Design Rules Volume 2: Chapter 11—Platform Systems vs. Step Processes - The Value of Options and the Power of Modularity
45 Pages Posted: 29 Jan 2019 Last revised: 15 Mar 2022
Date Written: June 16, 2021
The purpose of this chapter is to contrast the value structure of platform systems (e.g. a computer or a marketplace) with step processes (e.g. an assembly line or a steel mill). In distinguishing between step processes and platform systems, the chapter lays out the core theoretical arguments of the book.
A step process is a technology that changes the material world in a predictable way that humans find useful or valuable. In contrast, a platform system is a technology designed to support the creation of options.
Historically, the increasing importance of platform systems is inextricably bound up with the spread of digital technology and the related use of modular technical architectures to manage complexity and accommodate technical change. I go on to explain why platform systems have modular technical architectures, and to trace the history of modularity in early digital computers and software.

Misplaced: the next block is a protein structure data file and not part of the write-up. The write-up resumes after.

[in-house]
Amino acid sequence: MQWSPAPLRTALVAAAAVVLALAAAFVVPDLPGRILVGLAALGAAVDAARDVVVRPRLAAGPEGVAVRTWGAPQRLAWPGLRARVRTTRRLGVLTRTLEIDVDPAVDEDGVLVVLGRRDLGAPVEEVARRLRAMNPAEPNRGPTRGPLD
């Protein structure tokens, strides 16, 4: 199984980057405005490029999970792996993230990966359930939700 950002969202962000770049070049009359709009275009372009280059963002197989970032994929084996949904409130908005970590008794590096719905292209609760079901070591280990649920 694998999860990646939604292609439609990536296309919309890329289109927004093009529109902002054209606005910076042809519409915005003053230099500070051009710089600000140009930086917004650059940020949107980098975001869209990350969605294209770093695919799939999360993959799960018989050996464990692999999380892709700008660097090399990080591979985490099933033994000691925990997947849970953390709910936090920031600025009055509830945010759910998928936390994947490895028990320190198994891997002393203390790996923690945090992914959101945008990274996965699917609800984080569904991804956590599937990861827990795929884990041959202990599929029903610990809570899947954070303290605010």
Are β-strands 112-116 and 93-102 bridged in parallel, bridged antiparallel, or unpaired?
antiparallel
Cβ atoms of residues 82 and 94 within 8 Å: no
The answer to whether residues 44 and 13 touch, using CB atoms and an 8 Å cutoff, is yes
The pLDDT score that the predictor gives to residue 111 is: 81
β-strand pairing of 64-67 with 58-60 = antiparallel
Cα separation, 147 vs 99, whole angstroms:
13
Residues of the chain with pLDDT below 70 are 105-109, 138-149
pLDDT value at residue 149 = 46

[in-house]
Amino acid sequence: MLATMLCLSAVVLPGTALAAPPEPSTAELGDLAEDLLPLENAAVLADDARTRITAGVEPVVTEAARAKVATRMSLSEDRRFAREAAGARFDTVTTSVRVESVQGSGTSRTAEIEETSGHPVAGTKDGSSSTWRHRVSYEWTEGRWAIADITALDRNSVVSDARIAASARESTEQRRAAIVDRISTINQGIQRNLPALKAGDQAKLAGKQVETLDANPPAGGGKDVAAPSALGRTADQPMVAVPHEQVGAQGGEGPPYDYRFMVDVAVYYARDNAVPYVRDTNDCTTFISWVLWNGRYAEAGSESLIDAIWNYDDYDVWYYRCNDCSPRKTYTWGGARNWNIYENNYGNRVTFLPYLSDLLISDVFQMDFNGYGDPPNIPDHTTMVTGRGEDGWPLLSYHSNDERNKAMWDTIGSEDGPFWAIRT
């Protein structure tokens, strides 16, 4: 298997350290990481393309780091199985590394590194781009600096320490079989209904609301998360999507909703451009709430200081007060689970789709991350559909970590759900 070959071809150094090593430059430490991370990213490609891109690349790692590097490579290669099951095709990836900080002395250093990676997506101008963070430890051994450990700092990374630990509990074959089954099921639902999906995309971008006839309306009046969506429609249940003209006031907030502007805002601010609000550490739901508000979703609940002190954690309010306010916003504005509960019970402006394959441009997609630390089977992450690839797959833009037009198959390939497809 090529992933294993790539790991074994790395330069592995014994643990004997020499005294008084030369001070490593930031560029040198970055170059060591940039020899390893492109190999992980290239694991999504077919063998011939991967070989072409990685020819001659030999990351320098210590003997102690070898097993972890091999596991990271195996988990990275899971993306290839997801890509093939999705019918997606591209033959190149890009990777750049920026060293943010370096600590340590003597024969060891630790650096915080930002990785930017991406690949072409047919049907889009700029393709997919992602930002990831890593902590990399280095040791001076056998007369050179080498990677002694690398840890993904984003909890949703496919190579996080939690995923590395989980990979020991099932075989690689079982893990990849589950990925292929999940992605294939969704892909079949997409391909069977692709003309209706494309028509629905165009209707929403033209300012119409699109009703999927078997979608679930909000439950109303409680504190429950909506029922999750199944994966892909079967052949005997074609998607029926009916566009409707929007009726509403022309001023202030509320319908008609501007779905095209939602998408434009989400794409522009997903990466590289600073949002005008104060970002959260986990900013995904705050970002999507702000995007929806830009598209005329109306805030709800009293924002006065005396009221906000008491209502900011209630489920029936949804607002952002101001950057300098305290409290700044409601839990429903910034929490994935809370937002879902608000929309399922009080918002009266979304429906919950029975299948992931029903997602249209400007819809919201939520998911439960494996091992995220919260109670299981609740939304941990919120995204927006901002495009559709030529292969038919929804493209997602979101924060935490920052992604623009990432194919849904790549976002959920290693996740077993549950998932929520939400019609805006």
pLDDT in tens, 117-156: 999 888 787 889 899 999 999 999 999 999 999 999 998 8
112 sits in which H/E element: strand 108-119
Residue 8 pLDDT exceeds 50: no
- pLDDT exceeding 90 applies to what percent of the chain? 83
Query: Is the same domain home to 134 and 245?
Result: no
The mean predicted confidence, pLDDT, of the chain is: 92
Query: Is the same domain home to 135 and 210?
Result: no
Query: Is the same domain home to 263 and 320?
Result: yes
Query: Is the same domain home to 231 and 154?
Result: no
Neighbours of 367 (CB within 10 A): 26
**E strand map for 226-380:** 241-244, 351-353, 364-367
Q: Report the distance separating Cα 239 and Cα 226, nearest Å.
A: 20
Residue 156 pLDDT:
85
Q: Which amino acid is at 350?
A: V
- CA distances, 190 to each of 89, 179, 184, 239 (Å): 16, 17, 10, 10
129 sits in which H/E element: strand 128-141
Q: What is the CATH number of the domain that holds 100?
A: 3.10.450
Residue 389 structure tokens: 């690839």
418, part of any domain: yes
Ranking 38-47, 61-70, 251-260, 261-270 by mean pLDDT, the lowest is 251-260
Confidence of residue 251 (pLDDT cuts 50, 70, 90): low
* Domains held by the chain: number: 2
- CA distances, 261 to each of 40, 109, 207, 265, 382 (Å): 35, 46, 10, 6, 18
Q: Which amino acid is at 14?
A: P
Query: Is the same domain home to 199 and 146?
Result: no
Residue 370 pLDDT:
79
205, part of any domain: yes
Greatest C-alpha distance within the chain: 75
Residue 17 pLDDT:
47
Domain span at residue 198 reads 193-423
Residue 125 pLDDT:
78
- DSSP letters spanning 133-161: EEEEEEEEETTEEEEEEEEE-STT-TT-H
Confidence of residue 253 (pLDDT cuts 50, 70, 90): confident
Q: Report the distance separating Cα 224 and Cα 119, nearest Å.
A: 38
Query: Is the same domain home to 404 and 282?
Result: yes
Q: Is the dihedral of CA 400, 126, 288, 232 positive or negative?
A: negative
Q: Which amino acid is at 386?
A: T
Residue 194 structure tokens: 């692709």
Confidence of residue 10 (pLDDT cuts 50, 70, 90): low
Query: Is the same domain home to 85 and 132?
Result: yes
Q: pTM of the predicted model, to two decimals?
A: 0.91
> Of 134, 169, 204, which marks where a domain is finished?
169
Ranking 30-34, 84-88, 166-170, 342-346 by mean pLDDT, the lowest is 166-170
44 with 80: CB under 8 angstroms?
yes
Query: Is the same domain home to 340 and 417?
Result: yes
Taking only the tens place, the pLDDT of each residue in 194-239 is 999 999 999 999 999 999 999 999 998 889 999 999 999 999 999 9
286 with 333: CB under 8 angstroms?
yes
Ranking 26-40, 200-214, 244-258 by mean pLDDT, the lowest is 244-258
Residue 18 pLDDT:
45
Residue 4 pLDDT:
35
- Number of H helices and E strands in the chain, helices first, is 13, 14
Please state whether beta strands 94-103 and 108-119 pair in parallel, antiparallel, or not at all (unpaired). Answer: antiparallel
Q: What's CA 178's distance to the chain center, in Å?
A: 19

I then use option theory to identify a set of complementary conditions—risk, modularity, and openness—that are favorable to the adoption of platform systems. I contrast these to the conditions—growing markets, automated machinery, and systematic management— favorable to the creation of large-scale flow production processes.
This analysis in turn leads to a predicted correspondence between technologies and organizations. In essence, interdependent step processes require and reward modern corporations characterized by risk aversion, unified governance, and a hierarchical structure, coordinated by managers exercising direct authority. In contrast, platform systems require and reward platform ecosystems characterized by risk-taking, distributed governance, and autonomy, coordinated by centralized rules.
Finally, I show how the benefits of flexible platform systems may be balanced against the benefits of efficient step processes in designing large technical systems.
Keywords: Technology, Organizations, Modularity
JEL Classification: L1, L2, O3
Suggested Citation: Suggested Citation